It would fit a normal sutta idiom more easily if it said something like “the Buddha became awakened by means of jhana” or “the Buddha, practicing jhana, became awakened”. Unfortunately it seems hard to construe such readings from the line as it stands. “Jhana” is the direct object of the verb “awaken” so it reads something like “the Buddha became awakened to jhana”, i.e. he fully understood the true significance of jhana. There’s nothing wrong with such a reading, but it’s awkward.


Bodhi” literally means “Comprehension”, and “Buddha” - “One Who Comprehended”:

It’s not intellectual, - it’s experiential Comprehension of the Four Actualities for the Noble Ones (ariya-sacca).

Similarly, “anubodhiṃ” means “I have comprehended (experientially)”, which Bhikkhu Bodhi renders as “I discovered”.

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so an accurate translation would be:
:diamonds: eko’haṃ jhāyaṃ sukham-anu-bodhiṃ,

alone, I, doing-jhāna, pleasure-(has been)-experientially-comprehended .

or more compactly,
alone, jhāna-tating, pleasure-comprehended.

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Hi Bhante

Was wondering if I could check further on this.

CPD gives 2 entries for anubodhi. The first is in common with your explanation, ie it is the aorist of anubujjhati.

The 2nd parses it as a tatsama noun meaning enlightenment/understanding.

I’m just a little perplexed by the ṃ at the tail of anubodhi. Could verbs be conjugated as such? It makes more sense as a declension, in which case the 2nd meaning should be preferred.

Thanks in advance.

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Yes, this is the i-aorist aka “type 4”, which in 1st singular takes the form iṁ, isaṁ, issa, or rarely issaṁ.

Just in case you’re wondering, no I don’t know all this by heart, I had to check a chart! Aorist forms are drunk, they seriously need to sober up.


Thanks so much!

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Hi @frankk,

I had this topic saved offline to read later, and just did, so sorry for being late! I also typed this offline before I could read all replies.

This is how I understand it:

  • eko – literally “one”, nominative.
  • ahaṃ – “I”, nominative. (junction drops the a)
  • jhāyaṃ – “meditating”, pretty sure it is an uncommon form of a present particle, nominative. It is from the verb jhāyati which has a wider meaning than “doing jhāna”, as you have it.
  • sukhaṃ – “pleasure”, accusative. Not part of a compound verb as you seem to interpret it, but a junction turned the into m. So this is a separate word.
  • anubodhiṃ – “I woke up (to)”, 1st person sg. past tense (aorist) of anubujjhati, as Ven. Sujato said. Anubodh-iṃ equals anubujjh-iṃ through some sort of assimilation, which I’m not an expert in. See AK Warder L23.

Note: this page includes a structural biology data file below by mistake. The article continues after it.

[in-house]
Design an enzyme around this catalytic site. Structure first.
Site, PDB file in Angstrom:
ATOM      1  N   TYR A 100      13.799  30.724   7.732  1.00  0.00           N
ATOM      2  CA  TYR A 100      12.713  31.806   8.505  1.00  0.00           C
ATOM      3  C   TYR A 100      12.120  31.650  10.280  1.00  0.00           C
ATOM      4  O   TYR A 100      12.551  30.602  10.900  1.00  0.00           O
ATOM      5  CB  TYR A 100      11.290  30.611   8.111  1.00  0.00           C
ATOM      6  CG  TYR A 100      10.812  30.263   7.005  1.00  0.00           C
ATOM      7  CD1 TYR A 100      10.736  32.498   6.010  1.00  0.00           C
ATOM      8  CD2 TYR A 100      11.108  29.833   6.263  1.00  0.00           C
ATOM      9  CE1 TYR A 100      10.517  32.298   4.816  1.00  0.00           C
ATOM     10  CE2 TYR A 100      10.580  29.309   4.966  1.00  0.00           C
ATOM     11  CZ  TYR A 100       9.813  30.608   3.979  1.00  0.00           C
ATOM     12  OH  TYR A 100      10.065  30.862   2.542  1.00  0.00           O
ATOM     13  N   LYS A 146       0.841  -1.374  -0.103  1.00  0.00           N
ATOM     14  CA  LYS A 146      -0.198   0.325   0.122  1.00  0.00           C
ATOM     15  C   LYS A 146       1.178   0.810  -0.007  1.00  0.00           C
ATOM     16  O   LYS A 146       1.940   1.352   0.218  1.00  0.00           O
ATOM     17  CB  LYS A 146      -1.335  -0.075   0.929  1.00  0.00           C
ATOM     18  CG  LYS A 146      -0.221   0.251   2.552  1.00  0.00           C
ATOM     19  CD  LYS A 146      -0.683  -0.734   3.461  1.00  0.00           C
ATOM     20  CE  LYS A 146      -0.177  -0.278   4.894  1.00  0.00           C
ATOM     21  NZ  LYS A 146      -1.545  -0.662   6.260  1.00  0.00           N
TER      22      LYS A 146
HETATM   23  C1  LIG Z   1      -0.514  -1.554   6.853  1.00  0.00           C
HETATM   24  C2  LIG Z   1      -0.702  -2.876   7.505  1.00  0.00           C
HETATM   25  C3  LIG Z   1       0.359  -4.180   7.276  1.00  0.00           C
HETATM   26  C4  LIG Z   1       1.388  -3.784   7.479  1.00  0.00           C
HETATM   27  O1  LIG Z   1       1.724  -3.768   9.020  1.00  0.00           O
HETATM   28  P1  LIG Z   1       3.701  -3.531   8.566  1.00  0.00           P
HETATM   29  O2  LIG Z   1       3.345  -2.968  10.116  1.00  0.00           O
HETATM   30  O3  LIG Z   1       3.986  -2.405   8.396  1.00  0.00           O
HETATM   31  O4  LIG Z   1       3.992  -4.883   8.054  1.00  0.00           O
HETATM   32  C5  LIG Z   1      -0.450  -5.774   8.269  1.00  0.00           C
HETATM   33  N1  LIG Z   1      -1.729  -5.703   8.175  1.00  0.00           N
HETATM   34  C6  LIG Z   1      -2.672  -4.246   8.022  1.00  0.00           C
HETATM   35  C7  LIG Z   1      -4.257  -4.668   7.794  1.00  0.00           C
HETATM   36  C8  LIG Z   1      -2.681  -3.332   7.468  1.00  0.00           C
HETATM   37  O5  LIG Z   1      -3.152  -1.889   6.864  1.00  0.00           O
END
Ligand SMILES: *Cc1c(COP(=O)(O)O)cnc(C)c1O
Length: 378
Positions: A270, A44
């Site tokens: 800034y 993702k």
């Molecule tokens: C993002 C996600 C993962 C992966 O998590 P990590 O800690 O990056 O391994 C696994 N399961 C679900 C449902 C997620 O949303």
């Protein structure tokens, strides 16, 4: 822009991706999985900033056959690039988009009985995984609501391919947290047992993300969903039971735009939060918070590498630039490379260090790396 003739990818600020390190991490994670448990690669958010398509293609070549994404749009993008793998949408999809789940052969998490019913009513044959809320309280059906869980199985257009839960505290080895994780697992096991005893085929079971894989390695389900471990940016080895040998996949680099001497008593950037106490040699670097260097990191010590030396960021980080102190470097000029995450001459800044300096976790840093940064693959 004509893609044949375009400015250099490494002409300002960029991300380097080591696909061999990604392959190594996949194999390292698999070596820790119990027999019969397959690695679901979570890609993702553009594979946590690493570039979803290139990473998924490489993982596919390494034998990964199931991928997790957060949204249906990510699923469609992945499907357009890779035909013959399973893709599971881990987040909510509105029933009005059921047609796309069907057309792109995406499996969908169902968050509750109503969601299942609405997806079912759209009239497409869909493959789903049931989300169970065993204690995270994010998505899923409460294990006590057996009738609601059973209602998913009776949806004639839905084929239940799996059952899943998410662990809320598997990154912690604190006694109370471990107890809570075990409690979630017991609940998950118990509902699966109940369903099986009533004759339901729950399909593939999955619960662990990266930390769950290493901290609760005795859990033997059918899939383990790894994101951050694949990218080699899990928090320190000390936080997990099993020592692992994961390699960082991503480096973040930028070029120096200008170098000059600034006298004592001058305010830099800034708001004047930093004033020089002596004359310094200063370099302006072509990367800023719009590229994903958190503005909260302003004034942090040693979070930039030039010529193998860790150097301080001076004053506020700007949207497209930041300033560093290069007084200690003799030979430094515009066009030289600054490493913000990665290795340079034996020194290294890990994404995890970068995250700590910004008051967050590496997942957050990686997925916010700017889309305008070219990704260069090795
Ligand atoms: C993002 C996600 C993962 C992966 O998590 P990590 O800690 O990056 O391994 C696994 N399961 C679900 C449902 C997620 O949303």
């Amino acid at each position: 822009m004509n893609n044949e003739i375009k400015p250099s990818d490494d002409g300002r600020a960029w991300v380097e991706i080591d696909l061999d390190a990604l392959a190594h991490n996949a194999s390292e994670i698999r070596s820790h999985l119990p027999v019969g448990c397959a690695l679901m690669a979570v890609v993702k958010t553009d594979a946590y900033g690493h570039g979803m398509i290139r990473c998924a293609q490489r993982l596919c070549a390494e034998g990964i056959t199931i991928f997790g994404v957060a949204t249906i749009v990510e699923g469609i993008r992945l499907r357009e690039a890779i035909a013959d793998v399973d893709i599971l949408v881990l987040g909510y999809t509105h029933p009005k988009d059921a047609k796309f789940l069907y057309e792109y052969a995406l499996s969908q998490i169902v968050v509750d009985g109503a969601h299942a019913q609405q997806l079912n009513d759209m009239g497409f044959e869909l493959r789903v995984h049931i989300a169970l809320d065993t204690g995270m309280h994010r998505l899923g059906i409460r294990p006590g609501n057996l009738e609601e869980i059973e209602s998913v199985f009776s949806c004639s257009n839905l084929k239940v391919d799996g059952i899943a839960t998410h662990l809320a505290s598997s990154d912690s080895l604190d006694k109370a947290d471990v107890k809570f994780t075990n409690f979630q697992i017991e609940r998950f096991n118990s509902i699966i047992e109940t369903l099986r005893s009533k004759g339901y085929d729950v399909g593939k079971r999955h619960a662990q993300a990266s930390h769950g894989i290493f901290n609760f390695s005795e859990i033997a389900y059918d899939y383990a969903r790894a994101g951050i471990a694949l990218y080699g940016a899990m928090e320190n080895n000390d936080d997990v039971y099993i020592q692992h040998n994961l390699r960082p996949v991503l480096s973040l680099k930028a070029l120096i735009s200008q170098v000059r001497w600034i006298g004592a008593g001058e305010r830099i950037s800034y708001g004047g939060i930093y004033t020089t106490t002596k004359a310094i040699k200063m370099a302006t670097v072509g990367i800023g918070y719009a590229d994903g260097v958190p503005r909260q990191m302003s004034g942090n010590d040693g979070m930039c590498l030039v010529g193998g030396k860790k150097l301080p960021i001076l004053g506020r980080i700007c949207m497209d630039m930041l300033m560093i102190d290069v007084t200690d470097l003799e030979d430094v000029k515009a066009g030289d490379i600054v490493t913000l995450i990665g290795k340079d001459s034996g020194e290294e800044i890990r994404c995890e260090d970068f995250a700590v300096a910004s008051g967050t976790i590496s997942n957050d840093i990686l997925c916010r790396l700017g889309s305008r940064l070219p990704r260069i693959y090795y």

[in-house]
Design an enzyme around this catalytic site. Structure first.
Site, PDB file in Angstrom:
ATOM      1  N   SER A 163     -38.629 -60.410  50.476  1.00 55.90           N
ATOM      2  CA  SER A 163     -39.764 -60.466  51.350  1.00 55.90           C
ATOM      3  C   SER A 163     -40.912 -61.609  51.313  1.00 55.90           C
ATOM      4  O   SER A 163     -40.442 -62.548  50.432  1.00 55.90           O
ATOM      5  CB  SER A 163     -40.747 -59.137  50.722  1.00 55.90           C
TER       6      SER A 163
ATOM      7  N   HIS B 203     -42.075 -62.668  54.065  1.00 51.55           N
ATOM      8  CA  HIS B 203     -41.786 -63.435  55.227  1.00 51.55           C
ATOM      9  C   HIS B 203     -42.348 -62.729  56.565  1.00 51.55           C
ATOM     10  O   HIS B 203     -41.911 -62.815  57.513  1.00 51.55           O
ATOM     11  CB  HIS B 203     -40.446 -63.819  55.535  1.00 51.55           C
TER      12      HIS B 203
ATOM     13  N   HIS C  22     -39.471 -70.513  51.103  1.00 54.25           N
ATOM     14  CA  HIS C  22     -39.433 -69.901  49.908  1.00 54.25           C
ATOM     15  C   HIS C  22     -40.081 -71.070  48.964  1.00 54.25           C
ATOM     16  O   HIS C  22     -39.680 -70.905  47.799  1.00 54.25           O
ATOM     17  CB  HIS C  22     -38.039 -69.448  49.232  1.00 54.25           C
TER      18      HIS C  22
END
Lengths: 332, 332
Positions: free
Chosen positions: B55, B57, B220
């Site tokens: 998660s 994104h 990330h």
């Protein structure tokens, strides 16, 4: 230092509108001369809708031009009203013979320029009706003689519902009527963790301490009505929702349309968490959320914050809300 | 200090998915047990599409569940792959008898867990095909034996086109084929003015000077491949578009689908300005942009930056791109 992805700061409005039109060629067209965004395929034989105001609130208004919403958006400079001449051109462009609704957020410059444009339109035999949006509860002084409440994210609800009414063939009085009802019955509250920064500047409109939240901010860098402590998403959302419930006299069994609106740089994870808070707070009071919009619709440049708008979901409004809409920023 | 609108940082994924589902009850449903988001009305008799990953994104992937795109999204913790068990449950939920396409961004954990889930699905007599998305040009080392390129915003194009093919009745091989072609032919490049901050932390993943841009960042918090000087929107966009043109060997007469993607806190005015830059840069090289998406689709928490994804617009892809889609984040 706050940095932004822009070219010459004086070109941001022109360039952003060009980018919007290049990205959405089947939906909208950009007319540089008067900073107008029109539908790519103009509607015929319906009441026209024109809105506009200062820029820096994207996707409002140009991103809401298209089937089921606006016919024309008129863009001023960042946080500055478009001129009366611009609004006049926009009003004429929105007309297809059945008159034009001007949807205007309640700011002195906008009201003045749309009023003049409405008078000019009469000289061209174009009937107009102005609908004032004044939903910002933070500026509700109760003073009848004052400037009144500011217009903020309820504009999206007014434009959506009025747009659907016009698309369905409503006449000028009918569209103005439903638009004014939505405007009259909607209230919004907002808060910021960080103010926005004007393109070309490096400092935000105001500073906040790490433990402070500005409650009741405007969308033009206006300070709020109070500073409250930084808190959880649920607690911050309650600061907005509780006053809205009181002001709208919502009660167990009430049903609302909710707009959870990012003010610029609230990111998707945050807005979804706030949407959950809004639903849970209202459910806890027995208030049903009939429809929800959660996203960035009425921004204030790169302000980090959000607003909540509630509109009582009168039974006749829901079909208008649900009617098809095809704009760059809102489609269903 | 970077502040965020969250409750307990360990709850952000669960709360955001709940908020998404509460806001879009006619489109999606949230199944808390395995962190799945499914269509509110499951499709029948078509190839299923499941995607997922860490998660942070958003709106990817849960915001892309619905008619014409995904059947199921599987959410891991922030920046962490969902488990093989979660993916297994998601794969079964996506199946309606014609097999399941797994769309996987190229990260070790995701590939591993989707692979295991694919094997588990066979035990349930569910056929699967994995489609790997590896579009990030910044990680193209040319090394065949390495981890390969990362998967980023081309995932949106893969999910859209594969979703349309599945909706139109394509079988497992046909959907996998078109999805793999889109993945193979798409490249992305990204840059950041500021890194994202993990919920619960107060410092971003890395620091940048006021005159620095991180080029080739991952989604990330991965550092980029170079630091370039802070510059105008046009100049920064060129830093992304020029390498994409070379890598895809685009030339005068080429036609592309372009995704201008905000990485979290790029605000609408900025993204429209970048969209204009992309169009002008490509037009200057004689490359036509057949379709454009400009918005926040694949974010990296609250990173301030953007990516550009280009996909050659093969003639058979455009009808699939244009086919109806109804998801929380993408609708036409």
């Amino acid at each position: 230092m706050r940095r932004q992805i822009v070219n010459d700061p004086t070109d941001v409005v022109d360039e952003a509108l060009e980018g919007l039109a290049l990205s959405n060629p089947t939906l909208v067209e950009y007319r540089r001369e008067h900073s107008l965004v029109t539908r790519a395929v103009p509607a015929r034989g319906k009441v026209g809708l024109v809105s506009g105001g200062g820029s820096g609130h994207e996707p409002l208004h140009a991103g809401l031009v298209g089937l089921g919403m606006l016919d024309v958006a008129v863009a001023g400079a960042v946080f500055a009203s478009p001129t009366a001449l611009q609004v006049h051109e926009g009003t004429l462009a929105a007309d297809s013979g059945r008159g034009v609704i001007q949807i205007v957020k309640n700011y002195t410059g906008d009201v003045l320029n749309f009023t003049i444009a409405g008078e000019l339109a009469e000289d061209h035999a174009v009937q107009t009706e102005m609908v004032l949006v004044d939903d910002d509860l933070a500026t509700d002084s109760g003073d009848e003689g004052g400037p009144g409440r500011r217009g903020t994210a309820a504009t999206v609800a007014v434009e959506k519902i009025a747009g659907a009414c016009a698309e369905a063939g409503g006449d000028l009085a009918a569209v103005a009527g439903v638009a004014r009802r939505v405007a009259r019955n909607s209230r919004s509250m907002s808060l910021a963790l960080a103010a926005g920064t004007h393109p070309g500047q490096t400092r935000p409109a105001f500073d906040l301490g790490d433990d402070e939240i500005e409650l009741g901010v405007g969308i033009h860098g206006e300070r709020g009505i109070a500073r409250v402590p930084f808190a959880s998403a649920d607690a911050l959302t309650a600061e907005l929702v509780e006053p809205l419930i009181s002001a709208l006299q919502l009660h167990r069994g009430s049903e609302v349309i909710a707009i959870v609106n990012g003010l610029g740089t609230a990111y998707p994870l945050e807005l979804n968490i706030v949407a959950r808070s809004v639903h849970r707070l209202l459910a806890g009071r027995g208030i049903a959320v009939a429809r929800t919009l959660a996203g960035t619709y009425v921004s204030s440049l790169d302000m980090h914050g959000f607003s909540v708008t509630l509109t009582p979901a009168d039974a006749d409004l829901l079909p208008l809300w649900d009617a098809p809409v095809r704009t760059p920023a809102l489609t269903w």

So if you put it together: "one I, meditating, to pleasure woke up."
Or: “meditating alone, I woke up to pleasure.”

The meaning seems to be that the Buddha realized what real pleasure is, “the attainment of the goal, the peace of the heart”, i.e. the extinguishment of the defilements, nibbāna. Bhikkhu Bodhi translates it as “discovered”, which makes it a bit more fluent. In a sense this discovery is made by every enlightened being, so I don’t mind his translation.

This enlightenment happens outside of jhānas (I know this is a bit controversial, but that’s how I see it) so it’s best not to translate jhāyati as “do jhāna”, which, as I said, it doesn’t really mean, anyway. The sukha quite obviously also doesn’t mean the pleasure of jhāna, but the ‘pleasure’ of (pari)nibbana.

Whether the Buddha discovered the jhānas is another matter. I don’t know. But he surely discovered their importance.

Hope this helps!


:penguin: :cactus:


No pali scholar but could this mean ‘I practice alone, having discovered the bliss of awakening’?
Saccānubodhoda is from MN95, reminded me of sattya avabodha in sinhalese meaning realization or attainment of Nibbana. I suppose it could mean stream entry or higher attainment.

We know the Buddha preferred solitude and I suspect so would any awakened individual. He does this because his bliss is greater than that derived from sensory pleasures. People are a ‘thorn’ as would be a loud commotion (that sutta).

with metta

it can’t mean that literally

I suppose meditating alone refers to the fact the Buddha had no teacher who taught him how to become enlightened and “discover pleasure”.


:penguin: :cactus: